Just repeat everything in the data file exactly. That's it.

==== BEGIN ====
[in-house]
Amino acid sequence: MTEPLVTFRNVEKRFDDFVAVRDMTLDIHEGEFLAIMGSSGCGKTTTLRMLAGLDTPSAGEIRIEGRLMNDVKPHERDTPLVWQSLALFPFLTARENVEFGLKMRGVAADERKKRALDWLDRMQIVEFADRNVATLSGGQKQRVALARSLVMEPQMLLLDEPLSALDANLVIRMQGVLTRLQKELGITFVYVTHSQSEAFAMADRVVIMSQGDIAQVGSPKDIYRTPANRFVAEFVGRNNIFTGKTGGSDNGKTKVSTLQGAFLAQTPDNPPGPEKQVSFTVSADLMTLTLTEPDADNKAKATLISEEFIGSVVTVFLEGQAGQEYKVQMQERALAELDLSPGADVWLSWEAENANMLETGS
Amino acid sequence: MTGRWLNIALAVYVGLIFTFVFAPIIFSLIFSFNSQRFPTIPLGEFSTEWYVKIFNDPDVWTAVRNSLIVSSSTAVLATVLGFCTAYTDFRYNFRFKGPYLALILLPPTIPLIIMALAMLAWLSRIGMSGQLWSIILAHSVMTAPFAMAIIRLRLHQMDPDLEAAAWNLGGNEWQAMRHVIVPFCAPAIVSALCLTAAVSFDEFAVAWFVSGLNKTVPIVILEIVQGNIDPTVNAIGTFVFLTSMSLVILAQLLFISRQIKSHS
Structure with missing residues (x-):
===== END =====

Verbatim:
[in-house]
Amino acid sequence: MTEPLVTFRNVEKRFDDFVAVRDMTLDIHEGEFLAIMGSSGCGKTTTLRMLAGLDTPSAGEIRIEGRLMNDVKPHERDTPLVWQSLALFPFLTARENVEFGLKMRGVAADERKKRALDWLDRMQIVEFADRNVATLSGGQKQRVALARSLVMEPQMLLLDEPLSALDANLVIRMQGVLTRLQKELGITFVYVTHSQSEAFAMADRVVIMSQGDIAQVGSPKDIYRTPANRFVAEFVGRNNIFTGKTGGSDNGKTKVSTLQGAFLAQTPDNPPGPEKQVSFTVSADLMTLTLTEPDADNKAKATLISEEFIGSVVTVFLEGQAGQEYKVQMQERALAELDLSPGADVWLSWEAENANMLETGS
Amino acid sequence: MTGRWLNIALAVYVGLIFTFVFAPIIFSLIFSFNSQRFPTIPLGEFSTEWYVKIFNDPDVWTAVRNSLIVSSSTAVLATVLGFCTAYTDFRYNFRFKGPYLALILLPPTIPLIIMALAMLAWLSRIGMSGQLWSIILAHSVMTAPFAMAIIRLRLHQMDPDLEAAAWNLGGNEWQAMRHVIVPFCAPAIVSALCLTAAVSFDEFAVAWFVSGLNKTVPIVILEIVQGNIDPTVNAIGTFVFLTSMSLVILAQLLFISRQIKSHS
Structure with missing residues (x-):